When the Phoenix Mercury announced Diana Taurasi had back surgery, it seemed as if the team had another stroke of bad luck.
Along with Taurasi, both Camille Little and Sancho Lyttle sat out the Mercury’s first preseason home game due to their ankle and knee injuries, respectively.
Although the Mercury made six consecutive semifinal appearances, it has not had a healthy team since 2016. In 2017 and Brittney Griner missed games due to ankle and knee injuries. Guard DeWanna Bonner sat out the entire season when she was pregnant. In 2018 former all-star Lyttle didn’t make it 18 games before tearing her ACL.
This will be the first season the Mercury will start the year without Taurasi since she sat out the 2015 season to play overseas. Taurasi averaged 20.7 points per game last year, her most since the 2011 season. She is also the only WNBA player to reach 7,000 career points. In other words, Taurasi is leaving some big shoes to fill.
Even so, this year feels different. A combination of returning veterans, free agent signings and rookies are confident they can step up during Taurasi’s absence.
Brittney Griner and Dewanna Boner
Brittney Griner, 28, has spent her entire career with the Mercury and expects nothing less than a championship this year.
“I definitely think we’ll be in the finals this year,” Griner says with a grin after the Mercury’s first official training camp practice on May 5.
Last year the Mercury didn’t quite make it to the finals as it lost a best of five series to the Seattle Storm in the WNBA semifinals 3-2. The Mercury came back after being down 2-0, but ultimately fell short in game five 94-84. This was the Mercury’s sixth consecutive semifinal appearance.
“We almost got to the finals, but almost doesn’t win anything,” Griner says.
Last season, Griner led the league in blocks for the sixth consecutive year and averaged 20.5 points per game, along with 7.7 rebounds.
Shooting guard Bonner returned to the team in 2018 and made her first all-star appearance since 2015 after averaging 17.3 points per game in her comeback season.
Taurasi expects Griner and Bonner to be the leaders on the team while she is out, but she also acknowledged the women will need more than two contributors.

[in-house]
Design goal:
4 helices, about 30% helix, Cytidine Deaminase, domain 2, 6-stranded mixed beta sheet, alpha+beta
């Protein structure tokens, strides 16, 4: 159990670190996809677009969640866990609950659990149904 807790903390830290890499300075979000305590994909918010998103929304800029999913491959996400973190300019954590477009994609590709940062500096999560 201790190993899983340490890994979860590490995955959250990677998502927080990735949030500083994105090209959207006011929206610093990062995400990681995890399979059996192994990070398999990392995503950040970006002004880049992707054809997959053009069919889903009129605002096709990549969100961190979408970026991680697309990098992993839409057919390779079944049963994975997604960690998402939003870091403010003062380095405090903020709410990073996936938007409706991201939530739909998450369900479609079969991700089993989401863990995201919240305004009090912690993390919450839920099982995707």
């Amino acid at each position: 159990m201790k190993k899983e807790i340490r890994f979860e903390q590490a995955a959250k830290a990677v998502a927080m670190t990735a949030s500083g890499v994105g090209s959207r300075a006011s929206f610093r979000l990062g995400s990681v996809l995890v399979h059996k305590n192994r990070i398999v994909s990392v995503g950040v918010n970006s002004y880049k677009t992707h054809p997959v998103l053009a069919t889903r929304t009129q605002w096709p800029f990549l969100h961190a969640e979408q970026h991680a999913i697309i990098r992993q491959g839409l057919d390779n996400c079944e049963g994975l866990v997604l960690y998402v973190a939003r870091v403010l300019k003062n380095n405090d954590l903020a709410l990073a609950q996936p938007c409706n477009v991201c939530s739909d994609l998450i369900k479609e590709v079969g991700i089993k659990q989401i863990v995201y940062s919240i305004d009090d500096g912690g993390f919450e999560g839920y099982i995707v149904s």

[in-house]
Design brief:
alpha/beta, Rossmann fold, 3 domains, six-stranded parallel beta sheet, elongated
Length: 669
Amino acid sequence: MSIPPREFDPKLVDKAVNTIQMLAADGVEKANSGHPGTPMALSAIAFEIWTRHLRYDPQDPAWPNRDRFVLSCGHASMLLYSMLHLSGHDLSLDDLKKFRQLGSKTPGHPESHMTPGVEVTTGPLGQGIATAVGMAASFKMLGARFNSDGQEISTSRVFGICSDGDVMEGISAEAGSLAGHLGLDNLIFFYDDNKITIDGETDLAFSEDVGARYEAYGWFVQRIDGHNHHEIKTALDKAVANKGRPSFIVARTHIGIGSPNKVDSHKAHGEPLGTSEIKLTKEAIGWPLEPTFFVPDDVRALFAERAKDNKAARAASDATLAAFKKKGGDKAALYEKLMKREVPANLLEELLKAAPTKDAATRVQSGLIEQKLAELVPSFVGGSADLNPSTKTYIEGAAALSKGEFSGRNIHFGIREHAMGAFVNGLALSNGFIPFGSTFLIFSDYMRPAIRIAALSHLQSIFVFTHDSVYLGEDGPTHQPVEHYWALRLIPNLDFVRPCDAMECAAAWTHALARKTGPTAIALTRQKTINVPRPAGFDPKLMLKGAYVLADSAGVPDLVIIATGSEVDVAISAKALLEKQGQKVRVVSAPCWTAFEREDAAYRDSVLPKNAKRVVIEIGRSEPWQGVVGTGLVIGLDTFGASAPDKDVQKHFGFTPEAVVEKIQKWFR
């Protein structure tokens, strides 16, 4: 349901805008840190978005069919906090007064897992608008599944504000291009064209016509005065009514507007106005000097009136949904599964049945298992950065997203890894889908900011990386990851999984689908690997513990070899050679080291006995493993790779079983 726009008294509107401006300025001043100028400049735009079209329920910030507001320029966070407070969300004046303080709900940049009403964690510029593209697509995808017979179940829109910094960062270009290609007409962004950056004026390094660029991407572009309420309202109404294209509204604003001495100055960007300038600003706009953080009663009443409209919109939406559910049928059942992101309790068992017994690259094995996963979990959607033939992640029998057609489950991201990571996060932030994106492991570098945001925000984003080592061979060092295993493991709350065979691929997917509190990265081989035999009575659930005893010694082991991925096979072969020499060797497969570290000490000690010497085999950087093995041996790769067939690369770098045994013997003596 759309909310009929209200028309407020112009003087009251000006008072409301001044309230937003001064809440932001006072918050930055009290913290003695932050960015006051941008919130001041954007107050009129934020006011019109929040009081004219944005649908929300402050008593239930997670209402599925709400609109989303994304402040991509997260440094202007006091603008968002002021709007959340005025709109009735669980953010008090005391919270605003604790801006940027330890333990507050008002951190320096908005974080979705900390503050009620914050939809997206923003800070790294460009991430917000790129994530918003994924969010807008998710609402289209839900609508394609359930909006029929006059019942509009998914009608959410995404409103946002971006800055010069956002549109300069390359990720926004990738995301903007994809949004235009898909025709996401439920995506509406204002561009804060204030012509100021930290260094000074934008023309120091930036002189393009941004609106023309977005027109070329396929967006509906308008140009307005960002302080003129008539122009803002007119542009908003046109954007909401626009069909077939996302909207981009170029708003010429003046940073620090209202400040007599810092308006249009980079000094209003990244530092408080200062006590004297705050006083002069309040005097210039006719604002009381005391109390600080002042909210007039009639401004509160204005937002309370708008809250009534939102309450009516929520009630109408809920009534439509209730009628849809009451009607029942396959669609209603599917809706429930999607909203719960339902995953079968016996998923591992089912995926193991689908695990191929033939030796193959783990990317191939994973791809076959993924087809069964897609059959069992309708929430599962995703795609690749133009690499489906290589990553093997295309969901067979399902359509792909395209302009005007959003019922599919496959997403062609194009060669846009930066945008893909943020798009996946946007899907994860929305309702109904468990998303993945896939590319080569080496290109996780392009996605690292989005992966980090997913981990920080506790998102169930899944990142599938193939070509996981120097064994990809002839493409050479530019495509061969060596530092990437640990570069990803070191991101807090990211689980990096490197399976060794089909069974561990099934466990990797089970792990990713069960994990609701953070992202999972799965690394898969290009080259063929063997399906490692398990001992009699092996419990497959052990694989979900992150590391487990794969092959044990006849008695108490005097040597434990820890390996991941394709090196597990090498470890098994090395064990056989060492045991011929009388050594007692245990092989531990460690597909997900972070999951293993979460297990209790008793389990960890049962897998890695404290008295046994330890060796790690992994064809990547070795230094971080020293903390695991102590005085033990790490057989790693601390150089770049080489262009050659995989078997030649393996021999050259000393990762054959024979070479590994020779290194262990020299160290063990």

Griner and head coach Sandy Brondello believe returning veteran guard Briann January can help fill the void left by Taurasi.
Brondello says nobody can really fill Taurasi’s shoes, but January is the team’s “best perimeter defensive player and she’s one of the best three-point shooters in the league.”
This is January’s second season with the Mercury. She is a six-time WNBA All-Defensive selection who averaged 47% on three pointers last year.
“She’s so quick, so strong, she can knock down a shot when we need her to knock it down,” Griner says.
Griner adds the Mercury will benefit from opponents having to choose if one of their guards should shoot from outside or her in the paint.
“I think it’s really going to help open up the floor for me,” January says. “Pick your poison. You want me to score down low or you want them to score outside.”
The Mercury’s offseason acquisitions like Essence Carson will also determine how well the team will perform without Taurasi.
Carson was previously with the WNBA champion Los Angeles Sparks. She came to Phoenix after seeing the Mercury’s performance in last year’s playoffs. This is significant because the Mercury lost back-to-back semifinals to the Sparks in 2016 and 2017. The team hopes this experience will translate to playoff success.
The Mercury is already buying in as Carson says she has been welcomed with open arms in just its first official practice. She says the team should focus on execution and fine tuning the small things during Taurasi’s absence. Each player needs to stick to their job and doing it well, she adds.
Alanna Smith, the No. 8 pick out of Stanford in the 2018 WNBA draft, is ready to make an immediate impact for the Mercury.
As a senior last year for the Cardinal, she averaged 19.4 points per game and 8.6 rebounds to go along with a 39% three-point percentage.
Although Smith described being drafted in the top 10 a surreal childhood dream, she is excited and ready to go.
“I’m ready to play whatever role the team needs me to play,” Smith says. That could be “a scoring role or a facilitator.” Nevertheless, she is “here to give 100%.”
Taurasi says these acquisitions will help the team compete.
“There is an injection of youth and free agency that has made us a better and more well-balanced team,” Taurasi says.
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